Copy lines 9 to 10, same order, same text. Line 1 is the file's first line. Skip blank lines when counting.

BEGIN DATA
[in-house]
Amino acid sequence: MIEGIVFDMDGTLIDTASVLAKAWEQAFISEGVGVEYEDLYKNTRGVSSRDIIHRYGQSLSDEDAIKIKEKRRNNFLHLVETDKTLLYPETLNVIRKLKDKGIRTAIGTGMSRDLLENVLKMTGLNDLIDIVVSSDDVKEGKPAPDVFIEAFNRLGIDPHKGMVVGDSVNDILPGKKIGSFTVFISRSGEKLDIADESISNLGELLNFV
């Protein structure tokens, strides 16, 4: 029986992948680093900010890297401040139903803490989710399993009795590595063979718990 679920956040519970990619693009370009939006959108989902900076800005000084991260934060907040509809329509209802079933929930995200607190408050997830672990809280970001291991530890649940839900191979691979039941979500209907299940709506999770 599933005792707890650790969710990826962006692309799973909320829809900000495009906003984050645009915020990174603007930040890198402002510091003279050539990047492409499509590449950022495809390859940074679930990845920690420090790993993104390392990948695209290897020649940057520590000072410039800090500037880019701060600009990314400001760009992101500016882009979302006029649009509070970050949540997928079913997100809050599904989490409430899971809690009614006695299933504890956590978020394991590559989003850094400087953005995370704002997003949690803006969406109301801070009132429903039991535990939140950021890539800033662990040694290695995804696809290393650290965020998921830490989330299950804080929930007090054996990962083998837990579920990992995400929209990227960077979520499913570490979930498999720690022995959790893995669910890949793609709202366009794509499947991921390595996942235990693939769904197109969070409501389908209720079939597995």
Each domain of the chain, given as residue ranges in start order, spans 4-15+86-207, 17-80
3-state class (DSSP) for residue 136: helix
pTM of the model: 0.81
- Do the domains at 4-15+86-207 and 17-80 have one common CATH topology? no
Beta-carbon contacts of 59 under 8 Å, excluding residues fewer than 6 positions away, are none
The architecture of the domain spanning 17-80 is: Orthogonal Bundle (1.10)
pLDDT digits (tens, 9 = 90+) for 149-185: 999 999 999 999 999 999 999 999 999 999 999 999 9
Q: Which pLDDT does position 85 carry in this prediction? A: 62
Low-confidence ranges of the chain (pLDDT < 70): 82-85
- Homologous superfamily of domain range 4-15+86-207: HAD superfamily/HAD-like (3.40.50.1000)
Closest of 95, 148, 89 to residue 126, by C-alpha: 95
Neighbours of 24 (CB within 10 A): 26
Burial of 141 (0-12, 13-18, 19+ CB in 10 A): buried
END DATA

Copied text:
The architecture of the domain spanning 17-80 is: Orthogonal Bundle (1.10)
pLDDT digits (tens, 9 = 90+) for 149-185: 999 999 999 999 999 999 999 999 999 999 999 999 9